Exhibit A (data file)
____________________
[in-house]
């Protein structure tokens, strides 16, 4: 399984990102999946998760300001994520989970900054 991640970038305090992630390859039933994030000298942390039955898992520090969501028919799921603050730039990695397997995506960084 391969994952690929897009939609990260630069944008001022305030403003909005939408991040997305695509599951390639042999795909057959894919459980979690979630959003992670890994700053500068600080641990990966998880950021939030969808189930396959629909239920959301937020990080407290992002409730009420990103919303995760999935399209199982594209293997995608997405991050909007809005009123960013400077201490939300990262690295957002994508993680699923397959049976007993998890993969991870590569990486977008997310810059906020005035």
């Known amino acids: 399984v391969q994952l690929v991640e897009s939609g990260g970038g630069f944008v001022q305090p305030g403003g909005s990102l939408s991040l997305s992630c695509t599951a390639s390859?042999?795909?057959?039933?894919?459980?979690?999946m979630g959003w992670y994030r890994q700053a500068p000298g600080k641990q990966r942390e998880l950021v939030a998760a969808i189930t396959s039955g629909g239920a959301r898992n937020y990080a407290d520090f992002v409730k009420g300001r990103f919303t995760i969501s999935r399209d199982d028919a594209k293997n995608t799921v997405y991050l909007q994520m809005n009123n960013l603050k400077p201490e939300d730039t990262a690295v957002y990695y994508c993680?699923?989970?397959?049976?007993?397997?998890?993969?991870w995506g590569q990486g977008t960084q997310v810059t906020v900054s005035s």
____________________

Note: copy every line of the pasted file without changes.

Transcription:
[in-house]
């Protein structure tokens, strides 16, 4: 399984990102999946998760300001994520989970900054 991640970038305090992630390859039933994030000298942390039955898992520090969501028919799921603050730039990695397997995506960084 391969994952690929897009939609990260630069944008001022305030403003909005939408991040997305695509599951390639042999795909057959894919459980979690979630959003992670890994700053500068600080641990990966998880950021939030969808189930396959629909239920959301937020990080407290992002409730009420990103919303995760999935399209199982594209293997995608997405991050909007809005009123960013400077201490939300990262690295957002994508993680699923397959049976007993998890993969991870590569990486977008997310810059906020005035």
């Known amino acids: 399984v391969q994952l690929v991640e897009s939609g990260g970038g630069f944008v001022q305090p305030g403003g909005s990102l939408s991040l997305s992630c695509t599951a390639s390859?042999?795909?057959?039933?894919?459980?979690?999946m979630g959003w992670y994030r890994q700053a500068p000298g600080k641990q990966r942390e998880l950021v939030a998760a969808i189930t396959s039955g629909g239920a959301r898992n937020y990080a407290d520090f992002v409730k009420g300001r990103f919303t995760i969501s999935r399209d199982d028919a594209k293997n995608t799921v997405y991050l909007q994520m809005n009123n960013l603050k400077p201490e939300d730039t990262a690295v957002y990695y994508c993680?699923?989970?397959?049976?007993?397997?998890?993969?991870w995506g590569q990486g977008t960084q997310v810059t906020v900054s005035s």